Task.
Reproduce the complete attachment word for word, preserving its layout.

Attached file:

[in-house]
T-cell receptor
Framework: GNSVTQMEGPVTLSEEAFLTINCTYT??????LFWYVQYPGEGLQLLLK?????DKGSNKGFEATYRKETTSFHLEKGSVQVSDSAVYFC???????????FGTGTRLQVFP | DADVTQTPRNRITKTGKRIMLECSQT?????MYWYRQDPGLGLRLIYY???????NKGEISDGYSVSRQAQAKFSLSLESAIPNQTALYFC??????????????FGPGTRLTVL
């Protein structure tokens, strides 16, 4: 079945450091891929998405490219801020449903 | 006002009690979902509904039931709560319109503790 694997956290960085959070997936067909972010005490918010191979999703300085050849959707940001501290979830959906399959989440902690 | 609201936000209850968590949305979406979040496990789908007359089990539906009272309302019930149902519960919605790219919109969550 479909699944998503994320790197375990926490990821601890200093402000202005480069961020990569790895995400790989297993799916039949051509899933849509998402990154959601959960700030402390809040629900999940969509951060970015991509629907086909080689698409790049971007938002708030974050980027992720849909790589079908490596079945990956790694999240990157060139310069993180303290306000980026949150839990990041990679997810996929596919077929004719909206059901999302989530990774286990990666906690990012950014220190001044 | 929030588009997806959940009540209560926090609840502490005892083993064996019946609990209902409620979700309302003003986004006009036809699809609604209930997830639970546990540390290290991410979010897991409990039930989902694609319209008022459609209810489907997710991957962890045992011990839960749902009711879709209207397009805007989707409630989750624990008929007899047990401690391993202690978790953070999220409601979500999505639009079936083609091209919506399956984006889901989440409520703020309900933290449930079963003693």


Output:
[in-house]
T-cell receptor
Framework: GNSVTQMEGPVTLSEEAFLTINCTYT??????LFWYVQYPGEGLQLLLK?????DKGSNKGFEATYRKETTSFHLEKGSVQVSDSAVYFC???????????FGTGTRLQVFP | DADVTQTPRNRITKTGKRIMLECSQT?????MYWYRQDPGLGLRLIYY???????NKGEISDGYSVSRQAQAKFSLSLESAIPNQTALYFC??????????????FGPGTRLTVL
């Protein structure tokens, strides 16, 4: 079945450091891929998405490219801020449903 | 006002009690979902509904039931709560319109503790 694997956290960085959070997936067909972010005490918010191979999703300085050849959707940001501290979830959906399959989440902690 | 609201936000209850968590949305979406979040496990789908007359089990539906009272309302019930149902519960919605790219919109969550 479909699944998503994320790197375990926490990821601890200093402000202005480069961020990569790895995400790989297993799916039949051509899933849509998402990154959601959960700030402390809040629900999940969509951060970015991509629907086909080689698409790049971007938002708030974050980027992720849909790589079908490596079945990956790694999240990157060139310069993180303290306000980026949150839990990041990679997810996929596919077929004719909206059901999302989530990774286990990666906690990012950014220190001044 | 929030588009997806959940009540209560926090609840502490005892083993064996019946609990209902409620979700309302003003986004006009036809699809609604209930997830639970546990540390290290991410979010897991409990039930989902694609319209008022459609209810489907997710991957962890045992011990839960749902009711879709209207397009805007989707409630989750624990008929007899047990401690391993202690978790953070999220409601979500999505639009079936083609091209919506399956984006889901989440409520703020309900933290449930079963003693």